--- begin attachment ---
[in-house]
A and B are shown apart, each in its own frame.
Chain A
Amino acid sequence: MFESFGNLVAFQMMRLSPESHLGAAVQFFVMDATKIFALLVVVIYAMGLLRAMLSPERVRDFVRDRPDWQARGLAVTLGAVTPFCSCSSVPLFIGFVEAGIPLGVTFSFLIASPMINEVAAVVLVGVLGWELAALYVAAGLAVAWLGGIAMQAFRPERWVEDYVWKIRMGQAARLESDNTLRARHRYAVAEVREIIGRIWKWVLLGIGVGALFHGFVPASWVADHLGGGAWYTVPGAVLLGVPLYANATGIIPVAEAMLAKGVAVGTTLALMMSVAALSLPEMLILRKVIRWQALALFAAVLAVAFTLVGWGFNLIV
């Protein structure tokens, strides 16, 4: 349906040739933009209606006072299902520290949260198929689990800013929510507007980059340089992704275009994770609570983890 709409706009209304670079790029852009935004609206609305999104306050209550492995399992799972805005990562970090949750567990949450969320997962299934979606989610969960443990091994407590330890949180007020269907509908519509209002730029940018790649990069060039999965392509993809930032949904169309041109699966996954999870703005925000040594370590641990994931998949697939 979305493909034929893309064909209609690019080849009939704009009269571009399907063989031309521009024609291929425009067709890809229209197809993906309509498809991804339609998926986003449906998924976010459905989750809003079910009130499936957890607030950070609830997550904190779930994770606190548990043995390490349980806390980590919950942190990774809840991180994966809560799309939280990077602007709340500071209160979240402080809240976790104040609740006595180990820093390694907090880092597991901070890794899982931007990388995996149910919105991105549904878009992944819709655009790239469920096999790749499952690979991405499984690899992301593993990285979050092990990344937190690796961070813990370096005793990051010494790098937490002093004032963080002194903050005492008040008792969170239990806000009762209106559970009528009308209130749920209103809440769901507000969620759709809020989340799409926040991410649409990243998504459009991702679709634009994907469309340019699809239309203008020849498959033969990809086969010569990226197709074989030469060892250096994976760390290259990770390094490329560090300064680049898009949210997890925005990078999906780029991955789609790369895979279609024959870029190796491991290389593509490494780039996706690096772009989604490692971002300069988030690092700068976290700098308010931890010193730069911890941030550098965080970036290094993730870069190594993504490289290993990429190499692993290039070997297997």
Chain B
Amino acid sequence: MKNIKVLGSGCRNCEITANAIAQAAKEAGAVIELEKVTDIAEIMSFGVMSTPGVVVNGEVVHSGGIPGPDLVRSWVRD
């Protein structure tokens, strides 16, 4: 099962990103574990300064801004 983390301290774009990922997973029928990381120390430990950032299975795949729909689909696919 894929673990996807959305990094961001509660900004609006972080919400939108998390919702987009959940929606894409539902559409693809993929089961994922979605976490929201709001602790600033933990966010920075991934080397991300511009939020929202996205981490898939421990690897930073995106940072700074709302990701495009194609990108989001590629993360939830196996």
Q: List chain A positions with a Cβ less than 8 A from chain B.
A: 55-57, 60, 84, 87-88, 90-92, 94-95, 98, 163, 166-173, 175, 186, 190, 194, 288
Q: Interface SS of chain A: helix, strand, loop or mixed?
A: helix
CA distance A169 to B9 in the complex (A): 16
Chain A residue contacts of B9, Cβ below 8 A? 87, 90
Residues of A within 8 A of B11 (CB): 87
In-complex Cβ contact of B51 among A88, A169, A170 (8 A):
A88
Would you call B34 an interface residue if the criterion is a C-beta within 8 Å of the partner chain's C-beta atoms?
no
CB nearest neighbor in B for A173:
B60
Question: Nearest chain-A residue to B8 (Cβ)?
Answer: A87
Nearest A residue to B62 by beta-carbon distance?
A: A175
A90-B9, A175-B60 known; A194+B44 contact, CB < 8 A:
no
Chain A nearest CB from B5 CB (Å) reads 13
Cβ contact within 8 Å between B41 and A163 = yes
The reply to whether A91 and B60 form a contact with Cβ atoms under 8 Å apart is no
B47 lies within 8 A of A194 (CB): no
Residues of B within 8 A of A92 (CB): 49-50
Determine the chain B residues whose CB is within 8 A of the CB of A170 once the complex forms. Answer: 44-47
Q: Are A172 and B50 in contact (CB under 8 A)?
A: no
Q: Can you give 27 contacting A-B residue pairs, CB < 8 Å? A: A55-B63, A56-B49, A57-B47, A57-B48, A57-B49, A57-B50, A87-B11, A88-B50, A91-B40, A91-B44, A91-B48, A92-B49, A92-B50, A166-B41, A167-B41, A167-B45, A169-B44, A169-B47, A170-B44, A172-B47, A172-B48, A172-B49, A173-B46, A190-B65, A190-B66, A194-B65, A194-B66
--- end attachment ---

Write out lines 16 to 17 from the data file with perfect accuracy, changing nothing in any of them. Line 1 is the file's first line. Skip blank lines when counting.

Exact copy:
In-complex Cβ contact of B51 among A88, A169, A170 (8 A):
A88